Before Sheryl Crow was Sheryl Crow, she toured as a backup singer with Michael Jackson, and now, she has spoken up about the molestation allegations against Jackson depicted in the documentary Leaving Neverland earlier this year.
In an interview with the Guardian, Crow referred to the allegations as “like a death in the family.” Crow performed with Jackson a few years after graduating from college on his Bad tour from 1987 to 1989, during which James Safechuck, one of the men who appears in Leaving Neverland, traveled with him. “[Safechuck] was a great kid and the whole time he was with us — which was the better half of an 18-month tour — I always wondered: ‘What in the world are his parents doing?’, you know?” Crow told the Guardian. When asked if she guessed what Jackson was doing to Safechuck, Crow said that she thought “there were a lot of exceptions made” because of Jackson’s status at the time. “He didn’t intentionally project it, but it was part of his aura — this almost being untouchable and almost alien-like [figure],” she said, “And yeah, I mean, I’m sad, and I’m mad at a lot of people. I feel like there was just a huge network of people that allowed all that to go on. It’s just tragic.”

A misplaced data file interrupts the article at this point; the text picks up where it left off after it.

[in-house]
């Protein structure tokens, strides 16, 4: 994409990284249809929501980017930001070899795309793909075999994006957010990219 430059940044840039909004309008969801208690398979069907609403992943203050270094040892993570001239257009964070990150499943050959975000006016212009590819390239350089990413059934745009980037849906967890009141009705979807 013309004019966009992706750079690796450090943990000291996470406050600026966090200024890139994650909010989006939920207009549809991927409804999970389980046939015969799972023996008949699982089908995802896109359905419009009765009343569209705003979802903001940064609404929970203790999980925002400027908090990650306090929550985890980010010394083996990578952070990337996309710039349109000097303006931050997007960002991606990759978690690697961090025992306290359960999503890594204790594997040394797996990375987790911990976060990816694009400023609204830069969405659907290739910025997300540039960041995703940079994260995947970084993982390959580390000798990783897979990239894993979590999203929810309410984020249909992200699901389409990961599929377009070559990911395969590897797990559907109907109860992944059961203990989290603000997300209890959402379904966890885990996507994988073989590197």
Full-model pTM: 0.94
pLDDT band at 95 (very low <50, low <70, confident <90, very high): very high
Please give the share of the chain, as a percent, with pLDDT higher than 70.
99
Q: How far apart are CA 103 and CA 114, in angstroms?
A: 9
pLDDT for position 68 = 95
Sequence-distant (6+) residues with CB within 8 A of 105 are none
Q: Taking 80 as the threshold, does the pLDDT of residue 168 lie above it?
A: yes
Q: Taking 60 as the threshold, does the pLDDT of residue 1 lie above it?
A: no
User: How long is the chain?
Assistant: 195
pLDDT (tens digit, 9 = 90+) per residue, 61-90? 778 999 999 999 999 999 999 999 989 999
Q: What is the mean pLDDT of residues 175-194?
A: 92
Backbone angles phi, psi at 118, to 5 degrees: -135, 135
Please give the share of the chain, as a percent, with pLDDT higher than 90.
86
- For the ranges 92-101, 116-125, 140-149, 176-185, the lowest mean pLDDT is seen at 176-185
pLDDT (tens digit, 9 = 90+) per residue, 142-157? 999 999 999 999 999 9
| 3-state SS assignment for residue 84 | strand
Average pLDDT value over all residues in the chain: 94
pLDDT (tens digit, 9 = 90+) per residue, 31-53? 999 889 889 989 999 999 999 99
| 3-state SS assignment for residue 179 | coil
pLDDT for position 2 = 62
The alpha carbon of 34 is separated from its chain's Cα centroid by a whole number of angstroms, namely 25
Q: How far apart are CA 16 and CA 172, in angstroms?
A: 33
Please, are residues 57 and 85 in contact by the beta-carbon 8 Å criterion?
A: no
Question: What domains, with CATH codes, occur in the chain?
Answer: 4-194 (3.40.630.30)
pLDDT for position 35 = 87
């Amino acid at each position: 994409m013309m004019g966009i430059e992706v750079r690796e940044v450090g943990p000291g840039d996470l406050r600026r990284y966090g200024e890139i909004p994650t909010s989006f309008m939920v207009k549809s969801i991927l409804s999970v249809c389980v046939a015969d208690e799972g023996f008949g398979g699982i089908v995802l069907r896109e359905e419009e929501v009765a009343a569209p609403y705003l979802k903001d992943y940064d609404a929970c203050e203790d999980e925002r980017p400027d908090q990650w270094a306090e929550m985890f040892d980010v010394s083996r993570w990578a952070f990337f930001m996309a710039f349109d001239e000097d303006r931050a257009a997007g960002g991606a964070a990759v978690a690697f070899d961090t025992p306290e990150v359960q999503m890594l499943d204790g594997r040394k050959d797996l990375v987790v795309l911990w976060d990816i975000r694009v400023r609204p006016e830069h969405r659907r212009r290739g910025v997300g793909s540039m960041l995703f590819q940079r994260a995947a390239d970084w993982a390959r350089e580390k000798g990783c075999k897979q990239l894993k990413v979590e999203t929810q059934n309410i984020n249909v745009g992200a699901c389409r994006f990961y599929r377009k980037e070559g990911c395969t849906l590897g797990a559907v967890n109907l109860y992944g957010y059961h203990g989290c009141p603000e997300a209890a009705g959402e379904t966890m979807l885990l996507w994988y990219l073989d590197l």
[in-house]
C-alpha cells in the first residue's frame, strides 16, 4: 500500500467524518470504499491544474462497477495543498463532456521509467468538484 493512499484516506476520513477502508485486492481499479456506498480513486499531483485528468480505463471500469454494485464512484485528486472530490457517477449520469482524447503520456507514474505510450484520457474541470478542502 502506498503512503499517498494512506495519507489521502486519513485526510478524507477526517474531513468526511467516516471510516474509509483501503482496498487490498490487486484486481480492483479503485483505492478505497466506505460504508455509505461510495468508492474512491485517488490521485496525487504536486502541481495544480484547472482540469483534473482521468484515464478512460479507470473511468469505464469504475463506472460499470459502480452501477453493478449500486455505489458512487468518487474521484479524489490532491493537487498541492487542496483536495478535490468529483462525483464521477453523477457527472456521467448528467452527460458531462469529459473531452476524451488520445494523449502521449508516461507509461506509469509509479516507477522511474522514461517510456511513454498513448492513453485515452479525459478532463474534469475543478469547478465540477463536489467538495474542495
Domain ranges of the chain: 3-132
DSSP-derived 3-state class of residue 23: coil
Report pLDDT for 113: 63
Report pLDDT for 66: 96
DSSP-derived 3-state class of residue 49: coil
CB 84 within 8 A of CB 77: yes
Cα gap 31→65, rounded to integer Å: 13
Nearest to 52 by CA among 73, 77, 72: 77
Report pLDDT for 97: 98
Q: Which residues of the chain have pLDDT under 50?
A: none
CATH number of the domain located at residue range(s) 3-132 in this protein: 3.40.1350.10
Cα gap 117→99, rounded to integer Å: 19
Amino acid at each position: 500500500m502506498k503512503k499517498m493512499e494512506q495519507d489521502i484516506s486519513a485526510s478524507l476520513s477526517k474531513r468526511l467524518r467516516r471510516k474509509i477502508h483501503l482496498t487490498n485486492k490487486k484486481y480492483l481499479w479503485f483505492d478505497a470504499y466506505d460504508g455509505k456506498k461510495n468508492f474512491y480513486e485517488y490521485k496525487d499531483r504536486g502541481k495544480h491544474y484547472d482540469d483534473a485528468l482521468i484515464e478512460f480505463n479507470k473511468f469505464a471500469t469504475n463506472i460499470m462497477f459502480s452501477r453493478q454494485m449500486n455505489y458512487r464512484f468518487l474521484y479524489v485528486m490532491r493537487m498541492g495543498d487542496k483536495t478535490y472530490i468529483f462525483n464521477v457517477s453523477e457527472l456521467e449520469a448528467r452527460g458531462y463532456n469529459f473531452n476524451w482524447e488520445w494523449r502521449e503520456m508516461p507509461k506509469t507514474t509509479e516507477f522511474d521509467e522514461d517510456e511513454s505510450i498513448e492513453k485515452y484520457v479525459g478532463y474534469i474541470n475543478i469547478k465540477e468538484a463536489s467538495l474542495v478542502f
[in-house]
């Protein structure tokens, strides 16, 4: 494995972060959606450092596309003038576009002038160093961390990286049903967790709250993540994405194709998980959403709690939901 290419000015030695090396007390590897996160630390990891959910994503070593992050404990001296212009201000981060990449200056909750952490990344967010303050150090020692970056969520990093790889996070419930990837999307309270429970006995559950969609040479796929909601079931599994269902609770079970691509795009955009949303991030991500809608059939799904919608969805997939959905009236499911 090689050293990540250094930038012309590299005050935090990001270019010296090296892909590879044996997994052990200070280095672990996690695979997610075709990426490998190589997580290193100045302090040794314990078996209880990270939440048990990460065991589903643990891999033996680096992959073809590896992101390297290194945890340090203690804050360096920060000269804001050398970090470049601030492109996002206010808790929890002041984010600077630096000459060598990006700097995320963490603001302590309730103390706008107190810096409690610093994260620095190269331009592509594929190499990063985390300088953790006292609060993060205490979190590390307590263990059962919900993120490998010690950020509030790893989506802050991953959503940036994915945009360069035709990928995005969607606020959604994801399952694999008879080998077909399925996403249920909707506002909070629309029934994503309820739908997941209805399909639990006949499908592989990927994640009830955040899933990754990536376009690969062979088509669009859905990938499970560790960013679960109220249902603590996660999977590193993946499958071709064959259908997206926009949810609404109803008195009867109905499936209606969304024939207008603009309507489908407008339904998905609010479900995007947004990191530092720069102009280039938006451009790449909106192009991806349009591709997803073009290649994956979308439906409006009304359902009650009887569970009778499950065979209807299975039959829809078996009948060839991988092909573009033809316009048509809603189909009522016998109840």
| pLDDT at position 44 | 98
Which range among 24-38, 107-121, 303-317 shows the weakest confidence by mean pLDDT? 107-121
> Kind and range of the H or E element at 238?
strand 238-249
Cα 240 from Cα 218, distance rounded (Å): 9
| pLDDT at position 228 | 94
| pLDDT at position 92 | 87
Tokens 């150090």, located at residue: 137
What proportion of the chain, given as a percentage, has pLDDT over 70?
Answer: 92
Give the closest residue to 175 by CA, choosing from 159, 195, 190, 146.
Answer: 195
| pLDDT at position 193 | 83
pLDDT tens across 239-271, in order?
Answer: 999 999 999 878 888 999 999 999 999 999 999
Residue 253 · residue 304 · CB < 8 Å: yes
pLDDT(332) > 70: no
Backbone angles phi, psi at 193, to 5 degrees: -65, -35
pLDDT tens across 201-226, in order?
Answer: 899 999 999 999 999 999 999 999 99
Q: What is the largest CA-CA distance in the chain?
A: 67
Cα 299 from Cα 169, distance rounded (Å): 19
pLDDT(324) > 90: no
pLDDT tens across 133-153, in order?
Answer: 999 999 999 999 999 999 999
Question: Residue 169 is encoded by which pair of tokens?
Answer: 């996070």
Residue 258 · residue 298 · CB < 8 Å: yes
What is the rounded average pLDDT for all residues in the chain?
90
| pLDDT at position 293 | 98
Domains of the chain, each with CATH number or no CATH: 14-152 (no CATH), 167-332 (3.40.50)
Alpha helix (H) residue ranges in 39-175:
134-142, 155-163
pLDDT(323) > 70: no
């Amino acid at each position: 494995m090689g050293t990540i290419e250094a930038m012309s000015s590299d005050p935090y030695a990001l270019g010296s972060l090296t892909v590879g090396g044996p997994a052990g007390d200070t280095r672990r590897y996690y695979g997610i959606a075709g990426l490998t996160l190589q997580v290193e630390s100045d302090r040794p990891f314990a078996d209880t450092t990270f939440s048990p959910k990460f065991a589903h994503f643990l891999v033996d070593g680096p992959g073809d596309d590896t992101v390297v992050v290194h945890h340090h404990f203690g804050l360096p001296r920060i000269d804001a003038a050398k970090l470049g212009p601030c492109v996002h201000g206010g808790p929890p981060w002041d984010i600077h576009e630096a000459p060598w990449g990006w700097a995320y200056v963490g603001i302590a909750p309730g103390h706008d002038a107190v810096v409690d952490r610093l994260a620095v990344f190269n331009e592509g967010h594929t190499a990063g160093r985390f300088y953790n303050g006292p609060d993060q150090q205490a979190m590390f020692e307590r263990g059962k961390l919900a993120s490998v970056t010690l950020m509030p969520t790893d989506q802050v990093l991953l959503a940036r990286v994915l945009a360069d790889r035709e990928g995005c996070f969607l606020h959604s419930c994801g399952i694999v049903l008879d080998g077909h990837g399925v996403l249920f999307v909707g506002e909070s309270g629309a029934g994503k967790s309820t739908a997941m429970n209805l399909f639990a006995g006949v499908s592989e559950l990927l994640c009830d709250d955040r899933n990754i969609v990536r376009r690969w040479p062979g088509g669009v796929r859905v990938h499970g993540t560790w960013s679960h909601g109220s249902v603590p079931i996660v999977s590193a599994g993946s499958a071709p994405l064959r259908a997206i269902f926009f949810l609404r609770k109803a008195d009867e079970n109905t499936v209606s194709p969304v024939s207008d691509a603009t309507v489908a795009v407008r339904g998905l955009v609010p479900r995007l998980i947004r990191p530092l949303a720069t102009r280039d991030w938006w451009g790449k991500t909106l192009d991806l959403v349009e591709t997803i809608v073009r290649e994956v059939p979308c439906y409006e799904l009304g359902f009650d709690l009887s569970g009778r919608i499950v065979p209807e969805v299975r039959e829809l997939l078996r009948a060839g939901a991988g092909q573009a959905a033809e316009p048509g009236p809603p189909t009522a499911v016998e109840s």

Crow added that Jackson was so detached from the rest of the world, he didn’t know her name for a while while she toured with him, and didn’t recognize her once she became famous in her own right. The Jackson estate is suing HBO over Leaving Neverland and denies the accusations depicted in the documentary (the Jackson estate is also currently developing a Broadway musical about Jackson). In addition to Safechuck’s account, the documentary also includes testimony from Wade Robson. Both claim that Jackson also systematically abused other children and coerced their families into turning a blind eye to what was happening.